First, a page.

I recently re-read this editorial that WaPo’s Colbert King wrote while the Michael Brown protests were raging. He told a story about his mother-in-law who once taught on a Mississippi school farm. One of her fellow employees shot a dog that had been taking the farm animals.
…the white farmer who owned the dog retaliated, turning up at the school to shoot the employee to death and threaten the school’s president. The school’s president was forced to flee, my mother-in-law said, but nothing happened to the white farmer.
Back then in Mississippi, a white man could kill a black man for shooting his dog. He was entitled to ‘justifiable’ homicide for all sorts of reasons. Anyway for King, re: Michael Brown…
It reminds many of the way in which authority is exercised, especially in communities where the central relationship between blacks and whites is the police.
In places like Ferguson, police represent white authority. Authority empowered to enter the community backed by the extralegal support of white sentiment. Authority whose word is taken against the word of an accused African American. Authority that not only arrests, but punishes, too.
That’s the problem: White authority. That’s the phrase that keeps rolling around in my head. A specific racial privilege, along with all the power that comes with it, which has lingered far too long. For most of American history it meant that white people could do whatever they liked to black people without consequence, or justification. In the current endless series of shootings, maulings and neck-breakings of black men at the hands of white police officers, we’re seeing it in all its modern glory. Watch this, if you can:
20 year-old Dontrelle Stephens is riding his bike down a street in Palm Beach when he notices a police car following him. He stops to ask what the problem is, and the cop shoots him four times. No reason, and no warnings. What would make a policeman think that’s okay? And this confrontation:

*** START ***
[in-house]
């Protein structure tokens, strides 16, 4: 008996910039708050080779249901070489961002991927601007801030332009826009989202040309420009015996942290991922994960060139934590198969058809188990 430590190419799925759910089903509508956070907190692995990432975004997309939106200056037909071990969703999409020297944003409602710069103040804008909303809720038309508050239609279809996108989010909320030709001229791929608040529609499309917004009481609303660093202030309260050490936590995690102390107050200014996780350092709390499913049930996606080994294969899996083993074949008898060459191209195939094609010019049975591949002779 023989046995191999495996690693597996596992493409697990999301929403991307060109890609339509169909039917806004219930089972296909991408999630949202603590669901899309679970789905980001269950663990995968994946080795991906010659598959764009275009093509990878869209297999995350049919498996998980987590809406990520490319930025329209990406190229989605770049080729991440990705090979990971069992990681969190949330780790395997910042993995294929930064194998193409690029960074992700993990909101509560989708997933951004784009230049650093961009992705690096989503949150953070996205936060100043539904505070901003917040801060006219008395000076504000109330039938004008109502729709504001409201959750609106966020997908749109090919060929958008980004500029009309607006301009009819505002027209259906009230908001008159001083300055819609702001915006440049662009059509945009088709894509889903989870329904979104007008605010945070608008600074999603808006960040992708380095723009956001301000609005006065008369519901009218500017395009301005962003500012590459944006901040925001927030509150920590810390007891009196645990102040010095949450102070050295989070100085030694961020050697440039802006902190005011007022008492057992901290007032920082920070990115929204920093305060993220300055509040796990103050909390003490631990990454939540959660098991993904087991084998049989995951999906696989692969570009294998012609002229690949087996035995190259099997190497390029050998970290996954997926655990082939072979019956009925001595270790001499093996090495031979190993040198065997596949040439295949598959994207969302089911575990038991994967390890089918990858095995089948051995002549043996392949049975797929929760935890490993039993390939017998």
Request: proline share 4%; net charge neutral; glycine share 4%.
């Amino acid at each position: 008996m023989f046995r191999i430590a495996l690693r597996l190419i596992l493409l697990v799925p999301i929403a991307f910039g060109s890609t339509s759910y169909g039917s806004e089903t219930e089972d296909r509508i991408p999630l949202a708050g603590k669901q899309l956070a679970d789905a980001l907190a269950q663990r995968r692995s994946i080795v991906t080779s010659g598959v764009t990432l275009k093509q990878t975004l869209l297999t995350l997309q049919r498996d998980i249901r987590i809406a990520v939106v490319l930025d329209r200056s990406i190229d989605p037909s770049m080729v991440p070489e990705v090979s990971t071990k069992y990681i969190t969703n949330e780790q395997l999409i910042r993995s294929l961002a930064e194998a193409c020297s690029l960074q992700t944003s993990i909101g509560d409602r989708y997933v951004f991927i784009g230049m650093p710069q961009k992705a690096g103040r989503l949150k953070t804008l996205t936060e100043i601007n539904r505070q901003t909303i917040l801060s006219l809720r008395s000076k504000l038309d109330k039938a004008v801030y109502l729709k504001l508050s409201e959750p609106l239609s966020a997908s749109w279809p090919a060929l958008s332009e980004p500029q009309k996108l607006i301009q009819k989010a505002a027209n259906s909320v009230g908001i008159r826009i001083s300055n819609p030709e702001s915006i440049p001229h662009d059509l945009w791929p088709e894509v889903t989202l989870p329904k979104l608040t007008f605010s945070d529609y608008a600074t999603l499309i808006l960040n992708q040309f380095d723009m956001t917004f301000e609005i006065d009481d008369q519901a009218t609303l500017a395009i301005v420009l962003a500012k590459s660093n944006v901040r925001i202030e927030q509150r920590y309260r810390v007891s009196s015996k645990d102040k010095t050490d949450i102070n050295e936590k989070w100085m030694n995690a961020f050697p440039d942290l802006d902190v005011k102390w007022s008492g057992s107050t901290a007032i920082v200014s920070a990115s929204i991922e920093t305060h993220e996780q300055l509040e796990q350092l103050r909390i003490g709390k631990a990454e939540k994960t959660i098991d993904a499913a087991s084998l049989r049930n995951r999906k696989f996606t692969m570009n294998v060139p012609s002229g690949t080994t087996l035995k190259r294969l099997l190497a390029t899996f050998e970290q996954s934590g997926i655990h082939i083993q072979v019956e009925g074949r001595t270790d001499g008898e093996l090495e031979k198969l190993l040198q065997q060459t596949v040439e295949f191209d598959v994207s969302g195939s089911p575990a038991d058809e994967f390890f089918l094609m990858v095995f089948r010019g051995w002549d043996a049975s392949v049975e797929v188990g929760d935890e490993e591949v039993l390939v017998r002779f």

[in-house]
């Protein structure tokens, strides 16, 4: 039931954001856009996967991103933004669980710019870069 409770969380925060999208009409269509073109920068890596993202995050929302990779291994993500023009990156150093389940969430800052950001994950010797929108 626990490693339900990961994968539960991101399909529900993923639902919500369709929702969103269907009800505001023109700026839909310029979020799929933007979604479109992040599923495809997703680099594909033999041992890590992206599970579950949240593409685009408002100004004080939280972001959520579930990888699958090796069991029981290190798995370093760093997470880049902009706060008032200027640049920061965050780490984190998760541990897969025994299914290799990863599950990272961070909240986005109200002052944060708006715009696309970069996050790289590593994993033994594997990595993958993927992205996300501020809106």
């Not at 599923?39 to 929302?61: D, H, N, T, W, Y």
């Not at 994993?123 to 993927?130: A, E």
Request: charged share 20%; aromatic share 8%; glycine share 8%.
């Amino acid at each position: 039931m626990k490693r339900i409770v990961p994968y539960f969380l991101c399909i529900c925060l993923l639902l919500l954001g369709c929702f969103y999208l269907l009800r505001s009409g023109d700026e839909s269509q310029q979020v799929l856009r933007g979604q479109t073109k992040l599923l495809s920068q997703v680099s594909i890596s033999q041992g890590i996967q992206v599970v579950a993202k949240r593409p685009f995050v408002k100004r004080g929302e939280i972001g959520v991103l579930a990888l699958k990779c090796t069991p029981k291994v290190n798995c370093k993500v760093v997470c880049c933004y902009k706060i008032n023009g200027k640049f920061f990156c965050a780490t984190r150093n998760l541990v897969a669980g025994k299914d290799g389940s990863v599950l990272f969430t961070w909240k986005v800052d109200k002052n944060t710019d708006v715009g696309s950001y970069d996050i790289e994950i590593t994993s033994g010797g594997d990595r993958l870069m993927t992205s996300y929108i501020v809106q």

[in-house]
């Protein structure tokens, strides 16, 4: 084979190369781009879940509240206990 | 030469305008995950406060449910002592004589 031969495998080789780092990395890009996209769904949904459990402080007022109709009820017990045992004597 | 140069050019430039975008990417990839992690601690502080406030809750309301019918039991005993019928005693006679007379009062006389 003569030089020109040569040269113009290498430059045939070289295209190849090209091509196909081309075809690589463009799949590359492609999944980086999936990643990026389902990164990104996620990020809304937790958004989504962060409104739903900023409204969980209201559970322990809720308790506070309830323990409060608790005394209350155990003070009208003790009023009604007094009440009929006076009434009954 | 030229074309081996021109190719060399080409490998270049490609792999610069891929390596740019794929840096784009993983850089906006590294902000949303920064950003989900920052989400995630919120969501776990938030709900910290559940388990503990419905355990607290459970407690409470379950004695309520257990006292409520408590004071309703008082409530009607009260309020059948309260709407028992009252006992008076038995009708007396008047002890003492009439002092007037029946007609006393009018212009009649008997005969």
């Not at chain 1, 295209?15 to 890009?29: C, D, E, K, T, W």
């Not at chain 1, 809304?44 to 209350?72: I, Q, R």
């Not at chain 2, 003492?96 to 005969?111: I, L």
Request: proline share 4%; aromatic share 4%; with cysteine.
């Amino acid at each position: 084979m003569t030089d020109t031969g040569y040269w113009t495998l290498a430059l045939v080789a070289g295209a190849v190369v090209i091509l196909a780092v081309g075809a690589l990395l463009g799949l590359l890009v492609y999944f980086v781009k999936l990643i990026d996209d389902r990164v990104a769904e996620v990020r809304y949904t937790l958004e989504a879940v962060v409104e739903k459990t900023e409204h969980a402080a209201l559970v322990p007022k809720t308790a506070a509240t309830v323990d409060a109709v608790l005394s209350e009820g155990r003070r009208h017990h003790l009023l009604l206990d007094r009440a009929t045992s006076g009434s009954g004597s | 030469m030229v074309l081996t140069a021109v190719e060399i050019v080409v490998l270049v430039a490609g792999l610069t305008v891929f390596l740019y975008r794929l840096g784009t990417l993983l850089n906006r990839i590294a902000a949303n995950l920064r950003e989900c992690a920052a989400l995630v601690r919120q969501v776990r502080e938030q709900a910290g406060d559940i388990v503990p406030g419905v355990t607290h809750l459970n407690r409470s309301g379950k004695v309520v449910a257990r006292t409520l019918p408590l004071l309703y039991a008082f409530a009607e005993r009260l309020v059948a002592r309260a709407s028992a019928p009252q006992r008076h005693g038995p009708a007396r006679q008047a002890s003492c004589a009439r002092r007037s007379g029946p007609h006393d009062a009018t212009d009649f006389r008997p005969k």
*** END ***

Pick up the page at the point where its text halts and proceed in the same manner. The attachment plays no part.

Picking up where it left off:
Levar Jones pulls into a South Carolina gas station when trooper Sean Grouber pulls alongside, then asks for his license. Jones turns to retrieve it, and Grouber shoots him four times. Or rather he shoots Jones once and misses three times, because he’s a lousy shot. The unarmed victim took a bullet to the hip less than five seconds after the officer initiated the stop – how can this have possibly happened? What in the world was the policeman thinking?
And what were the consequences for the officers? In the second case, surprisingly the trooper ended up getting fired. In the first case, although the video clearly shows Dontrelle wasn’t armed and only tried to run away, the shooting was ‘justified’ and the policeman returned to duty. Dontrelle is now paralyzed.
I don’t know how else to explain this madness other than to point out that white privilege has been embedded within American authority from the country’s beginning. And though our Civil Rights Era was way back in the nineteen-sixties, unarmed black men continue to be shot and killed without justification far past that time, right up to today. The truth is that white cops are even now entitled to lie in court and in police inquiries because they’re white. It’s something they’ve been doing forever. It’s only been the recent development of the smart phone that brought this problem finally to the country’s attention.
Feel free to dispute this. But if white authority isn’t the lingering mix of racism and privilege that’s responsible for this mess, then how do you explain this?
Voters in Parma, Missouri voted in their first African-American female mayor.
Tyrus Byrd will be sworn in as mayor on Tuesday evening, April 14 at the Parma Community Building.
According to Mayor Randall Ramsey, five out of six police officers resigned this week, effectively immediately.
Mayor Ramsey said the city’s attorney, the clerk and the waste water treatment plant supervisor also turned in resignation letters citing “safety concerns.”
All but one of Parma’s white policemen and much of the city’s leadership up and quit their cushy jobs. Because, for some reason, their own town wasn’t good enough for them any more.